I was waiting for a bus in Stockbridge, here in Edinburgh, when a bloke came out of the post office, crossed the road, and got into a huge lime green and black Maserati. As he turned the ignition, it roared into life with a noise that sounded not dissimilar to my old petrol lawnmower put through a 100 watt Mesa Boogie amp. The sound bounced off the tenement walls on each side of the road, making everyone turn to look at what was creating this unholy mechanical growl.
As the car moved off, a woman in her 60s who had the look of a Woodstock veteran in a freaky-tie-dyed silk scarf and old blue denim jacket turned to me and with a scowl said: “I think that’s awful. He’s just so rude and selfish. I don’t know how we can live with himself, disturbing the peace like that.”
I agreed with her. “It actually sounds like the car is broken, but I think he likes the attention. You don’t buy a £100,000 car in green and black if you don’t want to be noticed.”
She looked at the car again and shook her head. “Who does he think he’s impressing? Having a big expensive car seem so old-fashioned. It’s just a car and he’s just a man.”
It was nice bit of street philosophy, and as the bus arrived, I got on and looked out of the back window to see the vivid metal monstrosity sitting in a traffic jam, revving its engine impatiently. But no matter how much noise it made, no matter how much money it had cost, it still had to sit in line with all the other cars, impotent and useless to affect change, all self-regarding pretension punctured by something as mundane as a roadworks. Just a car. Just a man. It was a lesson.
The next day the Neymar transfer was announced. £198 million. What do you think about that figure? Where do you put that in your emotional, sporting and moral landscape? We read the arguments about it about how it is stupid money, or how it is actually affordable. How it is the Qatari owners of PSG trying to bleach their country’s slave labour blood from their hands and look important enough to be allowed to host a World Cup that many people, with good reason to know, think was obtained through bribery and corruption. Though quite how dropping a couple of hundred million for a footballer makes you look anything other than an amoral regime, I have no idea.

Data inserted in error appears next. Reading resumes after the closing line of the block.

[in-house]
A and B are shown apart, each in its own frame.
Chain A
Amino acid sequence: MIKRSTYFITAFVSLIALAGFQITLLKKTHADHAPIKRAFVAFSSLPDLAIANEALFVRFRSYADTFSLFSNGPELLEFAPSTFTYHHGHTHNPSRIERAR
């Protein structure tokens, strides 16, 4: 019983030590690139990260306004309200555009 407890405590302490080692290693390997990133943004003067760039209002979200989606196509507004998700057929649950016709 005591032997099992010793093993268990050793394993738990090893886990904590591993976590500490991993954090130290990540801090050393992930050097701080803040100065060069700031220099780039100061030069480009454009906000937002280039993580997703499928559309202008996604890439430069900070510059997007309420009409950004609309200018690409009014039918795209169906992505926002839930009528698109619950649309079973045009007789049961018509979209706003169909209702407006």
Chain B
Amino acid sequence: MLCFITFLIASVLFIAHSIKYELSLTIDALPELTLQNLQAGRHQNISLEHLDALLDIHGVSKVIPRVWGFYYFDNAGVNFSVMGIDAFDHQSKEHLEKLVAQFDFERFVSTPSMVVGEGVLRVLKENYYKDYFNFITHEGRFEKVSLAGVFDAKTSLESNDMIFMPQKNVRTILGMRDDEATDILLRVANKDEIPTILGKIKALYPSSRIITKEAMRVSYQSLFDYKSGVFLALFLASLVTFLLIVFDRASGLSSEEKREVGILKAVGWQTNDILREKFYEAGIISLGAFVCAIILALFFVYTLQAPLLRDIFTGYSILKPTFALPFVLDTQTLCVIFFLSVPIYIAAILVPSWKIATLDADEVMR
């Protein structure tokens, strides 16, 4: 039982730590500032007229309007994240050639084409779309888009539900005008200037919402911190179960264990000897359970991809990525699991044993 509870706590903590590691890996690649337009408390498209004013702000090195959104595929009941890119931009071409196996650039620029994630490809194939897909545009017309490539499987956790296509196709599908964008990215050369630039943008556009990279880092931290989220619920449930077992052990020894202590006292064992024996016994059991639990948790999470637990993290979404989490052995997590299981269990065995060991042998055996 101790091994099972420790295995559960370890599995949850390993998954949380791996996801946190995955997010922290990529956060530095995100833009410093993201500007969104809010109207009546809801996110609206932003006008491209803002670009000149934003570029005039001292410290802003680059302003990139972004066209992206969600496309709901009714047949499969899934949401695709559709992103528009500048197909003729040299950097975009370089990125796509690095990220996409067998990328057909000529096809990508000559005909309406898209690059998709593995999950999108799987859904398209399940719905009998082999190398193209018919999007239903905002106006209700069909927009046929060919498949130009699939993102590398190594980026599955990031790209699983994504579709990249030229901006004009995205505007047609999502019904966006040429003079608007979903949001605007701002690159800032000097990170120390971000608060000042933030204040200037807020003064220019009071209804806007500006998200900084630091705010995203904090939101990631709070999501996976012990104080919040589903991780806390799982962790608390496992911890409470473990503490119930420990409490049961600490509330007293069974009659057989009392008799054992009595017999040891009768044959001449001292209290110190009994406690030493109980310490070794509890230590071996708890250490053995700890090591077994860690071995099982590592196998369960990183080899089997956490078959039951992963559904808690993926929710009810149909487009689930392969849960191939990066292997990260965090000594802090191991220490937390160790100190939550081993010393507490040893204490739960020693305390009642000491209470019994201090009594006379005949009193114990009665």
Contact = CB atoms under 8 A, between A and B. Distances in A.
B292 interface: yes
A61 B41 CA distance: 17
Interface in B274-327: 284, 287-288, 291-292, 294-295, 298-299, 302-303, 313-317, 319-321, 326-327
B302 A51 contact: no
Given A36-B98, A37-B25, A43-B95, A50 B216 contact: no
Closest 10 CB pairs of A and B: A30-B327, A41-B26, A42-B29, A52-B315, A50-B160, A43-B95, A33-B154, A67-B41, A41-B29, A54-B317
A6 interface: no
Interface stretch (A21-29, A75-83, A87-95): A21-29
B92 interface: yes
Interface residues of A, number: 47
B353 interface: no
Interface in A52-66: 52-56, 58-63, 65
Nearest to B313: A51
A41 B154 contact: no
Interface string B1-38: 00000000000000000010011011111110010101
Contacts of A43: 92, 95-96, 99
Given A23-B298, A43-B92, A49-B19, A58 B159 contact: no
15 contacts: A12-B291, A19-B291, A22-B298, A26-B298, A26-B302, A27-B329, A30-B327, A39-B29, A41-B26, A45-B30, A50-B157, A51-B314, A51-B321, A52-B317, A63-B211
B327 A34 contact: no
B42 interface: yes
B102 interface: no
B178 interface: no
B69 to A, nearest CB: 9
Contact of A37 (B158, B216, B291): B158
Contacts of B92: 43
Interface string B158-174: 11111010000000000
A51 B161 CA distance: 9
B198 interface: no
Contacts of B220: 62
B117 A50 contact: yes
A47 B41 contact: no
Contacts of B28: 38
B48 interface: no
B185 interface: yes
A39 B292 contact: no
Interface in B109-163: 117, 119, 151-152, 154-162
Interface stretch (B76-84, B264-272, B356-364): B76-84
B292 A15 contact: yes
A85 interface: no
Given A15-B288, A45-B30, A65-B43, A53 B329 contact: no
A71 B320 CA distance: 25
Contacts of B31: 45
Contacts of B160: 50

One of the reasons it seems so ridiculous is because Neymar isn’t a high-end indestructible robot, he’s just a bloke with terrible hair, like the rest of us. He’s one accident with a big bottle of tomato sauce away from breaking a toe and being unable to play for six months; he’s one gardening accident away from losing a foot; or one badly timed tackle away from rupturing his ACL. And then what? All that money hasn’t bought you any advantage. All you’ve got is an expensive broken thing.
Either that or more prosaically, he could just lose form, play poorly and contribute little. It happens. Especially when someone is under a lot of pressure to live up to a huge fee.
To invest so much in one asset is surely a terrible idea on any level. Clearly the amount of money is small potatoes to them but that doesn’t make the Qatari owners suddenly seem respectable. Instead, it makes them seem like figures of fun, or at worst profligate and immoral. Spending a lot of money on a footballer doesn’t make you a big player, it makes you a small player pretending to be big.
It is self-evident that one man can’t turn a team into world-beaters, anyway. It’s like putting all your money into a house made of ice and hoping that you don’t get a warm spell.
Spreading the risk across three or four players would make more sense, but then this isn’t about sense, it is about showing off. Buying yourself a cheap second-hand car makes more sense than buying a Maserati because you just get stuck in traffic anyway, and rather than being the recipient of the envy you hoped to attract, you merely become a laughing stock.
If PSG’s owners think they’re going to get more respect for spending £198 million, they are sadly mistaken and, rather than set a trend for ever higher fees, it will serve as the perfect illustration of the folly of such grotesque old-fashioned, out-of-touch, horrible financial vomiting.
As I sat down next to the bus stop woman, I told her it was still stuck in stationary traffic. She had one final, rather understated comment to make about the Maserati driver.
“Well I’d rather be on a bus any day. Spending all that money in order to try and make yourself look good never works. Quite the reverse.”
Amen to that.